Difference between parallel and series


by cy19861126
Tags: difference, parallel, series
cy19861126
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#1
Feb19-07, 05:07 PM
P: 69
Okay, I am really confused about parallel and series and their differences. I know how they are set up, but I do not know how their arrangements may change the circuit may result in a change in total resistence. From my lab, I know that connecting the light bulbs in series will make the light less bright than it is by itself and connecting in parallel won't change the brightness at all!

My questions are: (and I will put my thoughts into the questions)
1. How would the different arrangement (series and parallel) affect the total resistence of the circuit? From the result of my lab, I think that there is going to be more resistence in series than parallel

2. In a two bulb series circuit, how does the current through the battery in a single-bulb circuit compares to the current through a battery in a two-bulb series? Current through the battery in a single-bulb circuit is going to be more than a two-bulb series circuit

3. How does the amount of current through a battery connected to a single bulb compare to the current through a battery connected to a two-bulb parallel circuit? The two bulb parallel is going to have more amount of current going through the battery

4. Would the total resistance of a circuit increase as the number of parallel branches is increased or decreased? No.

5. Does the amount of current through a battery seem to depend on the number of bulbs in the circuit and how they are connected? For parallel, current through a battery increases compared to a single bulb circuit. For series, current through a battery decreases compared to a single bulb circuit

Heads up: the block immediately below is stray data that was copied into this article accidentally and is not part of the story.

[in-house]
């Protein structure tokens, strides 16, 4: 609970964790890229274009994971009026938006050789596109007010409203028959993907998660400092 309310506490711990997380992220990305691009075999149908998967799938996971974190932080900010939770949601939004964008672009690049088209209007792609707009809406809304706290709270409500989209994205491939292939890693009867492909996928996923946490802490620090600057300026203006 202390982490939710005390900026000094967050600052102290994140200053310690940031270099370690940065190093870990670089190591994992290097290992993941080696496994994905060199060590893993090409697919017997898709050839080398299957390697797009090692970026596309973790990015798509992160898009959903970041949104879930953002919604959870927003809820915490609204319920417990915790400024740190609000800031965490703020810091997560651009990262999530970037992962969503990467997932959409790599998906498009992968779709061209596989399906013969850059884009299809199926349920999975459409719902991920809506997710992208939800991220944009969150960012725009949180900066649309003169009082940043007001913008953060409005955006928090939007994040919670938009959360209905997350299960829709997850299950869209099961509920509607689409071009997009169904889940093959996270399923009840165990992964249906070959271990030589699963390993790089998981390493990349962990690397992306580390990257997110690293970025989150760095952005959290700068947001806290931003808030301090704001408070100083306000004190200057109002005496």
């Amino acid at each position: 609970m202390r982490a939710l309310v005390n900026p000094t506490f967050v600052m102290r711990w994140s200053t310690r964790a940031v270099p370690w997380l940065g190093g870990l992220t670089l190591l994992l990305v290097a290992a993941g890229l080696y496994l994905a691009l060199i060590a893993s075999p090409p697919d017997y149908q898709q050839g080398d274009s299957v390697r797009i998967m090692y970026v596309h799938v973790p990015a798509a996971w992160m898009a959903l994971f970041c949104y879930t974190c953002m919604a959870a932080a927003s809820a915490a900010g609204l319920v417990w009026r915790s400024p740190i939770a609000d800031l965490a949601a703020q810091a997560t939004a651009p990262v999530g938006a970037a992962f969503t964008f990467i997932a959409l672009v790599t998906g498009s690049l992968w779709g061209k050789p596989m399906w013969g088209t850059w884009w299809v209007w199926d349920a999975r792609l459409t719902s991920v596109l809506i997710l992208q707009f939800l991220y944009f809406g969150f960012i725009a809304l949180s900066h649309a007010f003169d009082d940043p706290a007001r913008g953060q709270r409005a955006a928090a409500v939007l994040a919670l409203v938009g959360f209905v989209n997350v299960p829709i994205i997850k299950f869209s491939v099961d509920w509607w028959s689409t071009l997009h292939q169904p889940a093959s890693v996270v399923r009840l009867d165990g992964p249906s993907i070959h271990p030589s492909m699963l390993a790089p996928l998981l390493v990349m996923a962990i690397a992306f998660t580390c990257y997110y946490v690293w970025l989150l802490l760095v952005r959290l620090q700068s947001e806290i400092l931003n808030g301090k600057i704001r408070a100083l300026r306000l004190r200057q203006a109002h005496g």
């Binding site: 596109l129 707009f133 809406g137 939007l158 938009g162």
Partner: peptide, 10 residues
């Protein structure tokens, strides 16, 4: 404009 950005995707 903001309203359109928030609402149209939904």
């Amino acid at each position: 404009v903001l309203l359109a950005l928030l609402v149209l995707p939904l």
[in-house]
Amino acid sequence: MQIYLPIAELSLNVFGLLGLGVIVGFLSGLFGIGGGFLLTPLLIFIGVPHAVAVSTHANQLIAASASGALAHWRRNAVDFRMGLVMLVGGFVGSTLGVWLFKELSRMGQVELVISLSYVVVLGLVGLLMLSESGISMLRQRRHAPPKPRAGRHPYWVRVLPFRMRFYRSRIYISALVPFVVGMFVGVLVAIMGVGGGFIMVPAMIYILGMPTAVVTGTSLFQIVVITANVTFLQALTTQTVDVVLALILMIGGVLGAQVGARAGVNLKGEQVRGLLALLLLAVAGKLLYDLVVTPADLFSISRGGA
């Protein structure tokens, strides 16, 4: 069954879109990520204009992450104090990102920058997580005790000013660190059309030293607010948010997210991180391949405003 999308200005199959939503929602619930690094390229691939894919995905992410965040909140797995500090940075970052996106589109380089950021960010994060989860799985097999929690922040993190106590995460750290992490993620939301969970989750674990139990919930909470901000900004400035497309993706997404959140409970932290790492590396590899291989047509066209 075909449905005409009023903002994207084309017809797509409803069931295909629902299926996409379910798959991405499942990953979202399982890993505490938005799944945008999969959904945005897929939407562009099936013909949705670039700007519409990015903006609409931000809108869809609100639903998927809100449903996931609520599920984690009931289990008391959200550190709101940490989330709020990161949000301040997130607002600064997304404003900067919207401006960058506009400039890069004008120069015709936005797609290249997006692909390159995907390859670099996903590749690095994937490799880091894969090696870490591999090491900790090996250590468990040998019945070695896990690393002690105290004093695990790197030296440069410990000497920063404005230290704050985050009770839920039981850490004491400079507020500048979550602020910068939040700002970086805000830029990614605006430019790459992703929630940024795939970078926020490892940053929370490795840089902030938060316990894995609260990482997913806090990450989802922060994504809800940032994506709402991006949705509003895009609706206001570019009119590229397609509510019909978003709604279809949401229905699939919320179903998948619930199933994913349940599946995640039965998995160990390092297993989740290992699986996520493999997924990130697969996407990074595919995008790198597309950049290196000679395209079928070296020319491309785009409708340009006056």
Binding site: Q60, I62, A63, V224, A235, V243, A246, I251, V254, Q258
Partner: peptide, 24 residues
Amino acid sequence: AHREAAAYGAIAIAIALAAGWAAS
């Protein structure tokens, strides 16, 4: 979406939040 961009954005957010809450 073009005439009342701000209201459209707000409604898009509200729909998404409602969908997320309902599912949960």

6. In the first picture below, rank the networks A-C according to their resistence? B>C=A

7. In the second picture below, rank the networks below according to resistence? C=E>B>D=A
Attached Thumbnails
TUT 2.jpg   TUT 1.jpg  
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Mindscrape
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#2
Feb19-07, 06:03 PM
P: 1,877
1) Yes, you verified this experimentally.

2) Assuming the resistance values are all equal, then yes, more current will flow through the single bulb circuit than the two bulb circuit. Ohm's law shows this pretty easily.

3) You got this one right too. Circuit reduction would show that the parallel bulb resistance will equal half of the one bulb circuit.

4) Why do you say no? I am not going to say whether it is right or wrong because it doesn't seem like you put much thought into it. What is the equivalent resistance of two equal resistors in parallel, and what about four?

5) Okay, so you have this right. Is this because you verified it experimentally or know the theory?

6) I think you want to review the equivalent resistance for resistors in parallel.

7) I am not sure why you think that resistors in parallel would not have an effect on the overall resistance. Remember in your experiment how the bulbs in parallel had more current flowing through the battery than the single bulb, could that happen if the total resistance was the same?
cy19861126
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#3